Laser cooling of trapped ions takes advantage of the Doppler effect. The same velocity-dependent effect that produces “Doppler radar” and causes the red and blue shifts of the light from galaxies as the universe expands can be used to remove energy from the trapped ions and cool them. This is possible by making the wavelength of the laser light longer or “redder” than the wavelength of light that a stationary ion would absorb. The wavelength at which this absorption occurs in a stationary particle is called its resonant wavelength, and for beryllium ions resonance occurs for light with a wavelength of 313 nm. Just as the siren from an ambulance is “blue-shifted” to a higher frequency (shorter wavelength) as it approaches an observer, as the ions move around in the trap, the light from the laser will be “blue-shifted” toward resonance for those ions that are moving toward the laser. Regardless of the movement of the ion and the wavelength of light that it absorbs as a result of its motion, the wavelength of light that the beryllium ions re-emit is always 313 nm. This means that the motion of the ions in the trap combined with the Doppler effect allows the ions to absorb a lower energy photon than they will re-emit, and this difference in energy results in a net loss of energy or “Doppler cooling” of the trapped ions.
In order to produce the 313 nm wavelength light used in the laser cooling, Cozijn et al. use a technique known as second harmonic generation (SHG). This sensitive nonlinear interaction can occur in specially designed crystals and is also called “frequency doubling” because it effectively combines two 626 nm wavelength photons to produce a photon with twice the frequency (or half the wavelength).
In contrast to previous laser cooling work with beryllium ions which used a dye laser as the source for the 626 nm wavelength light for SHG, the authors built an external cavity diode laser (ECDL). There are many potential advantages to the use of diode lasers for this application including a significantly smaller footprint compared to dye lasers and the ability to narrow the laser linewidth by extending the lasing cavity and intentionally introducing optical feedback. Diode lasers use semiconductors as their gain medium, and the wavelength of the light depends on the electronic properties of the semiconductor material and its temperature. Previous implementation of diode lasers for laser cooling of beryllium ions had been limited by the difficulty in controllably creating appropriate parameters for the generation of light at a wavelength of 626 nm. At room temperature their diode laser chip produces 636 nm light, but through the construction of a two-stage thermoelectric cooling process, they were able to cool the chip to -31° C (-24° F) and tune the wavelength of the emitted light to 626 nm. Ultimately it was the development of this technique for controllably cooling the laser diode that enabled the generation of light at the appropriate wavelength to cool the trapped beryllium ions.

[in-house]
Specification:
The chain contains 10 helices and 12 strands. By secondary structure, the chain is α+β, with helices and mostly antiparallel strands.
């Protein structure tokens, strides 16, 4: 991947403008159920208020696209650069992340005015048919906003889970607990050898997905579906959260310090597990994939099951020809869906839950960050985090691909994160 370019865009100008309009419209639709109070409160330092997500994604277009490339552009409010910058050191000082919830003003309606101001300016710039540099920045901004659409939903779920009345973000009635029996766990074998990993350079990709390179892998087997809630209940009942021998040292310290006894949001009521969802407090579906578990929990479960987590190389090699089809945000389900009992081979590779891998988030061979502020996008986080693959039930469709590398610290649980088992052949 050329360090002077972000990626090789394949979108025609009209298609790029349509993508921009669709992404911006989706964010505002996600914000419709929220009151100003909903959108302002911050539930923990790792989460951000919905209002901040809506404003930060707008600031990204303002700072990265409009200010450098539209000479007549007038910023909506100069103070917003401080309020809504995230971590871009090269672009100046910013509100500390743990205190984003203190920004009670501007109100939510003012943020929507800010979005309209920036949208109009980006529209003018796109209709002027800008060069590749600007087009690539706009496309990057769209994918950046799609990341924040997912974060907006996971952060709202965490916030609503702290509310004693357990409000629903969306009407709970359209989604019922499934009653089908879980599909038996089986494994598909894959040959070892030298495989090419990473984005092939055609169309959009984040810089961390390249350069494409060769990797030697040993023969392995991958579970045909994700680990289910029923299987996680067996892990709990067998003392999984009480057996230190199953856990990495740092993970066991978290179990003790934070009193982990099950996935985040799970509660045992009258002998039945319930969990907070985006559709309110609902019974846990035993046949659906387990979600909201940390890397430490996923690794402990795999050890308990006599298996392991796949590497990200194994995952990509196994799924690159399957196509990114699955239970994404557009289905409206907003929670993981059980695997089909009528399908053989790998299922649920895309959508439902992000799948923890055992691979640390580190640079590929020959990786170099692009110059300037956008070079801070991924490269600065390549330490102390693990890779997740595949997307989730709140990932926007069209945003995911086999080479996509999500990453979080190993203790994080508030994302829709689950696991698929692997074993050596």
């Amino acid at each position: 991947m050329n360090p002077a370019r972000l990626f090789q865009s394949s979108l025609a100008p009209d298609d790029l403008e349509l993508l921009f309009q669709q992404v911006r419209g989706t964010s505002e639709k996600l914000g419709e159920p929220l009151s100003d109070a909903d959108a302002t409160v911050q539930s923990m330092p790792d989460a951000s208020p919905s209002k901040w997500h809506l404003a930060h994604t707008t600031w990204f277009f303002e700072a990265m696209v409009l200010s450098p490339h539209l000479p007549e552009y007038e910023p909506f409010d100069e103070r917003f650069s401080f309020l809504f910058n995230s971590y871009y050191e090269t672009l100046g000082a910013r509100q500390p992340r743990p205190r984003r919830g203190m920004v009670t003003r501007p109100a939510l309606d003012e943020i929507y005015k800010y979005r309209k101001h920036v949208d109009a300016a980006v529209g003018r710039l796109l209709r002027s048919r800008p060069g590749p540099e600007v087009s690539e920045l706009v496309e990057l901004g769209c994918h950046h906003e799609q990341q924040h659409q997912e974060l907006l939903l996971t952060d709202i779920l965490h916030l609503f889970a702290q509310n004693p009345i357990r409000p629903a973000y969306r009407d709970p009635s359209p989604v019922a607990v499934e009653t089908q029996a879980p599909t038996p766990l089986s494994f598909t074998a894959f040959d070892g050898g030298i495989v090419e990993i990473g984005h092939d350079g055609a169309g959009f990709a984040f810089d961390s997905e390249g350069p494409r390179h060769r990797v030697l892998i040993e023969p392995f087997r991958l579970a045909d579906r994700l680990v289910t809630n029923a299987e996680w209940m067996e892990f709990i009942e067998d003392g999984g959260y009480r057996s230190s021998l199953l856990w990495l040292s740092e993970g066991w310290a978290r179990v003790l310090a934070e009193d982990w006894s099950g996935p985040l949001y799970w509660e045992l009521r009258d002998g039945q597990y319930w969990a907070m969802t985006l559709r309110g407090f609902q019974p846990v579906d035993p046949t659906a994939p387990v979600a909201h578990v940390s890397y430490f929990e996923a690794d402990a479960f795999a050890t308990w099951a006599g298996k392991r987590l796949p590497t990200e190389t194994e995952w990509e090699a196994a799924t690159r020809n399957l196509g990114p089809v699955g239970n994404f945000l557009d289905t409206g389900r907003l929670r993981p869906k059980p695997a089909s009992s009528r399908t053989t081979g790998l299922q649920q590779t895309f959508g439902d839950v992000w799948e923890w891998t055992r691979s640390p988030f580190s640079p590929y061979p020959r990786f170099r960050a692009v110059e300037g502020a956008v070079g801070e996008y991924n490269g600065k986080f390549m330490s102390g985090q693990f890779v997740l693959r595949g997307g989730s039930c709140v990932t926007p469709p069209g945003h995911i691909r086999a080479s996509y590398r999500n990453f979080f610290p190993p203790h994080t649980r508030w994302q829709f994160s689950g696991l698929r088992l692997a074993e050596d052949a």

Laser cooling of trapped ions has already offered many advances in the areas of precision spectroscopy, quantum-logic optical clocks, and quantum information processing. The authors have clearly demonstrated that hundreds of trapped beryllium ions can be efficiently laser cooled to 10 mK through SHG of 626 nm light produced by an ECDL cooled to -31° C. Their technique has the exciting potential to increase the feasibility of future experiments with trapped ions.
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